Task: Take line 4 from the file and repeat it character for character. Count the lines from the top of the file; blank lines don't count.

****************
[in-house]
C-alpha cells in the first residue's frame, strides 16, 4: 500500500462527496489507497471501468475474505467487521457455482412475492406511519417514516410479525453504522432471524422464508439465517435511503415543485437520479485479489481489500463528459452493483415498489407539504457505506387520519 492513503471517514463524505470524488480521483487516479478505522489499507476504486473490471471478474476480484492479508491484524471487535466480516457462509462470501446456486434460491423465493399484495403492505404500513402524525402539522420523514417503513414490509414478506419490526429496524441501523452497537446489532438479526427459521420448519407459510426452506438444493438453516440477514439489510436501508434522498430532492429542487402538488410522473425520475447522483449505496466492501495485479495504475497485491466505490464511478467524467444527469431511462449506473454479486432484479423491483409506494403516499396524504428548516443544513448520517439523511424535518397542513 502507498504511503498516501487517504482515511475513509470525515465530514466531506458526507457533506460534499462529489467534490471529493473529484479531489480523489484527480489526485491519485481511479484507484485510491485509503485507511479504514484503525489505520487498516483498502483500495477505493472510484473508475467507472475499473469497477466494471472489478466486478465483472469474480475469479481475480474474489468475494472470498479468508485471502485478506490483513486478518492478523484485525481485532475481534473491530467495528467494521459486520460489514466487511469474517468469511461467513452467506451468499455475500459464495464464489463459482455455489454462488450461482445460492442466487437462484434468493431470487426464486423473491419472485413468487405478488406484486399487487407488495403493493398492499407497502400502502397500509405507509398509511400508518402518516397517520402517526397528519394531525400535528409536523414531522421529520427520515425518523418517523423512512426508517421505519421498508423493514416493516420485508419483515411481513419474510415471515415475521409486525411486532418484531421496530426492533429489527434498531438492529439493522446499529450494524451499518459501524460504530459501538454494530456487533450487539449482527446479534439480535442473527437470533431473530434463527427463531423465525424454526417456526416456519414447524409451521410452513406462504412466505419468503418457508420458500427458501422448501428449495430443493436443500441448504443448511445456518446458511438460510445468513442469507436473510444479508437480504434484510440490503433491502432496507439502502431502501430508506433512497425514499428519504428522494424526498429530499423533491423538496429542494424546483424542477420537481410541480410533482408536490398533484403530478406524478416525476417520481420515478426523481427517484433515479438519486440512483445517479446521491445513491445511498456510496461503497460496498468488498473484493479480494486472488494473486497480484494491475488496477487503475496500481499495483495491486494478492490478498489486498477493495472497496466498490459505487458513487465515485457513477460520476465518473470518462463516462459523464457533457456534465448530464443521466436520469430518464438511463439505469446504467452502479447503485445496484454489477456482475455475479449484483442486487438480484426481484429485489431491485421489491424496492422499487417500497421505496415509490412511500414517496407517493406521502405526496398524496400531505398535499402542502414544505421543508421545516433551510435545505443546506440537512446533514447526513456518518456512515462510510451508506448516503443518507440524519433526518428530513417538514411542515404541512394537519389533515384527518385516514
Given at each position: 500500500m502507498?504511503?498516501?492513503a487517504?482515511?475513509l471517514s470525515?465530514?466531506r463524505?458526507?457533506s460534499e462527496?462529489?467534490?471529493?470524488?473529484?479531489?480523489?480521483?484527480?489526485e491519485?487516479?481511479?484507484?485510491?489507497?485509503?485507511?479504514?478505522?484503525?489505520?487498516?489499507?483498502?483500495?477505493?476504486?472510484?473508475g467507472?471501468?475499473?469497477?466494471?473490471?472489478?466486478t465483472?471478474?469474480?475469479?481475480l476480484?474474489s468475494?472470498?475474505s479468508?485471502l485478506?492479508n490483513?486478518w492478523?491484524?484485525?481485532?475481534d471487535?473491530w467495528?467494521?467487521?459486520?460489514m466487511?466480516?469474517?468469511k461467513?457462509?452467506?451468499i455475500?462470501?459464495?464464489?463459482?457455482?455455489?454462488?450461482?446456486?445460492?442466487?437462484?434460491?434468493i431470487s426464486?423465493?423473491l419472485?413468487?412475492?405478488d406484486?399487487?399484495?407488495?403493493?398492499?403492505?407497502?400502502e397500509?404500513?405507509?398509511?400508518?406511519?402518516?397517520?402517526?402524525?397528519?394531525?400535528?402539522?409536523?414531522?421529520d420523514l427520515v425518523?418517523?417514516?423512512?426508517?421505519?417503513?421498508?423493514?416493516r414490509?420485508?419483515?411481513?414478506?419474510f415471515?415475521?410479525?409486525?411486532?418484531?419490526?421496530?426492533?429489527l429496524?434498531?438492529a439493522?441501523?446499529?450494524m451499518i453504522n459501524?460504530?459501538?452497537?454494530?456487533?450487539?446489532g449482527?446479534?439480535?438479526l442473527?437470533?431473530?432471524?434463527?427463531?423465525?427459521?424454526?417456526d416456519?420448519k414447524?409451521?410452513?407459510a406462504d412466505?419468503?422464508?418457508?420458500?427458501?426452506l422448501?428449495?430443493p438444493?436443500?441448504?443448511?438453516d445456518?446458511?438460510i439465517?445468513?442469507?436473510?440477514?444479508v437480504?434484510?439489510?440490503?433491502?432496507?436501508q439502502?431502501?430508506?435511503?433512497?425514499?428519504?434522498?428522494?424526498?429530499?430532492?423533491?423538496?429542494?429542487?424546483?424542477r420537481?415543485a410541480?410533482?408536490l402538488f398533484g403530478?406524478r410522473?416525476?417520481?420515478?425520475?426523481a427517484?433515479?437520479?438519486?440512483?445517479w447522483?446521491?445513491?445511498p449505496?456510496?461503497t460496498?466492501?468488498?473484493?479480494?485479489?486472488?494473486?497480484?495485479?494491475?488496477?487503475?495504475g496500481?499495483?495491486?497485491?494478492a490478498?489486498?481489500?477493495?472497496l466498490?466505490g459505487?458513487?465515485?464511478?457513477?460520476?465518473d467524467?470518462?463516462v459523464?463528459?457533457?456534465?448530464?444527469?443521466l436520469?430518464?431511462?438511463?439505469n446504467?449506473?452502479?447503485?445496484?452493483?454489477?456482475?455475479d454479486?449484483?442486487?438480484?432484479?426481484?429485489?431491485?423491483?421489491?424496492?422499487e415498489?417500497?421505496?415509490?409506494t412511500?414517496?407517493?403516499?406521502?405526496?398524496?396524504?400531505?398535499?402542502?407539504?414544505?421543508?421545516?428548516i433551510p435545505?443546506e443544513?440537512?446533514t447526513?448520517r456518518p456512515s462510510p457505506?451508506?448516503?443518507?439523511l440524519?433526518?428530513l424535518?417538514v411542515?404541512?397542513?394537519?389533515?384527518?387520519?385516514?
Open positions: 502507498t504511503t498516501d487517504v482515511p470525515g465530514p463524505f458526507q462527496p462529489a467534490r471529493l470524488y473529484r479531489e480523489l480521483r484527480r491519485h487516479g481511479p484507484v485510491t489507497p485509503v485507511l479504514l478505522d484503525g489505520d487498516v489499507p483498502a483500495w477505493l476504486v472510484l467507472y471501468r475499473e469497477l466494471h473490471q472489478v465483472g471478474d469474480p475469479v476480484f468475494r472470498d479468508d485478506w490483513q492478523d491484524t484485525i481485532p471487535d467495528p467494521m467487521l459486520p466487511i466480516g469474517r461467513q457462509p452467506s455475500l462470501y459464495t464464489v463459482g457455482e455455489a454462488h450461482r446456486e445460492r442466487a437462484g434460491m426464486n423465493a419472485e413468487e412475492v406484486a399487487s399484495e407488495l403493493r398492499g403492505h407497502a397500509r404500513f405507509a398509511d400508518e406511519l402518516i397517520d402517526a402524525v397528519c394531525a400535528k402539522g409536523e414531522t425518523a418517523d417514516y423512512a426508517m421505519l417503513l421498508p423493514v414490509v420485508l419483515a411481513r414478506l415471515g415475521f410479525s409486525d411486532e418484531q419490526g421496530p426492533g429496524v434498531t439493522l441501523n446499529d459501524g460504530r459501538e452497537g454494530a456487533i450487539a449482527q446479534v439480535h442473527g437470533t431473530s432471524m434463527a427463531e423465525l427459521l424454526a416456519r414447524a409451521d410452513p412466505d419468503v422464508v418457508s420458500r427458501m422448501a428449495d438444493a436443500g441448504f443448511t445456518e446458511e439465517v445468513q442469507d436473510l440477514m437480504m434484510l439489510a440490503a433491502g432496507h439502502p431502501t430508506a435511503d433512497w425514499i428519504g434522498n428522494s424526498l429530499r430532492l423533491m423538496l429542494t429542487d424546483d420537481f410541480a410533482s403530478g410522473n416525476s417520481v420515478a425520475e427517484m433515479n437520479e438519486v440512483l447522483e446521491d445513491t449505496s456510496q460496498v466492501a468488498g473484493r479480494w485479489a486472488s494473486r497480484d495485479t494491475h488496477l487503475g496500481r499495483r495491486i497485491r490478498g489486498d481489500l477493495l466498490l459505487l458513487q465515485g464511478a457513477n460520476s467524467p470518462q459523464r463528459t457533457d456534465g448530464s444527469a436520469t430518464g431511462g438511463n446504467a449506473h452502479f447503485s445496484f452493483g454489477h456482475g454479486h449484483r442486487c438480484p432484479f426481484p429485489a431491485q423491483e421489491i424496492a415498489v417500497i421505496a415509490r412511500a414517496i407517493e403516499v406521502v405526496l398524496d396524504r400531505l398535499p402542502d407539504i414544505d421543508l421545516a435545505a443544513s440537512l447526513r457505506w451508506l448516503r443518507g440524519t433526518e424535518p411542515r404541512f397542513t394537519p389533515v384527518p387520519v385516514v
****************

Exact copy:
Open positions: 502507498t504511503t498516501d487517504v482515511p470525515g465530514p463524505f458526507q462527496p462529489a467534490r471529493l470524488y473529484r479531489e480523489l480521483r484527480r491519485h487516479g481511479p484507484v485510491t489507497p485509503v485507511l479504514l478505522d484503525g489505520d487498516v489499507p483498502a483500495w477505493l476504486v472510484l467507472y471501468r475499473e469497477l466494471h473490471q472489478v465483472g471478474d469474480p475469479v476480484f468475494r472470498d479468508d485478506w490483513q492478523d491484524t484485525i481485532p471487535d467495528p467494521m467487521l459486520p466487511i466480516g469474517r461467513q457462509p452467506s455475500l462470501y459464495t464464489v463459482g457455482e455455489a454462488h450461482r446456486e445460492r442466487a437462484g434460491m426464486n423465493a419472485e413468487e412475492v406484486a399487487s399484495e407488495l403493493r398492499g403492505h407497502a397500509r404500513f405507509a398509511d400508518e406511519l402518516i397517520d402517526a402524525v397528519c394531525a400535528k402539522g409536523e414531522t425518523a418517523d417514516y423512512a426508517m421505519l417503513l421498508p423493514v414490509v420485508l419483515a411481513r414478506l415471515g415475521f410479525s409486525d411486532e418484531q419490526g421496530p426492533g429496524v434498531t439493522l441501523n446499529d459501524g460504530r459501538e452497537g454494530a456487533i450487539a449482527q446479534v439480535h442473527g437470533t431473530s432471524m434463527a427463531e423465525l427459521l424454526a416456519r414447524a409451521d410452513p412466505d419468503v422464508v418457508s420458500r427458501m422448501a428449495d438444493a436443500g441448504f443448511t445456518e446458511e439465517v445468513q442469507d436473510l440477514m437480504m434484510l439489510a440490503a433491502g432496507h439502502p431502501t430508506a435511503d433512497w425514499i428519504g434522498n428522494s424526498l429530499r430532492l423533491m423538496l429542494t429542487d424546483d420537481f410541480a410533482s403530478g410522473n416525476s417520481v420515478a425520475e427517484m433515479n437520479e438519486v440512483l447522483e446521491d445513491t449505496s456510496q460496498v466492501a468488498g473484493r479480494w485479489a486472488s494473486r497480484d495485479t494491475h488496477l487503475g496500481r499495483r495491486i497485491r490478498g489486498d481489500l477493495l466498490l459505487l458513487q465515485g464511478a457513477n460520476s467524467p470518462q459523464r463528459t457533457d456534465g448530464s444527469a436520469t430518464g431511462g438511463n446504467a449506473h452502479f447503485s445496484f452493483g454489477h456482475g454479486h449484483r442486487c438480484p432484479f426481484p429485489a431491485q423491483e421489491i424496492a415498489v417500497i421505496a415509490r412511500a414517496i407517493e403516499v406521502v405526496l398524496d396524504r400531505l398535499p402542502d407539504i414544505d421543508l421545516a435545505a443544513s440537512l447526513r457505506w451508506l448516503r443518507g440524519t433526518e424535518p411542515r404541512f397542513t394537519p389533515v384527518p387520519v385516514v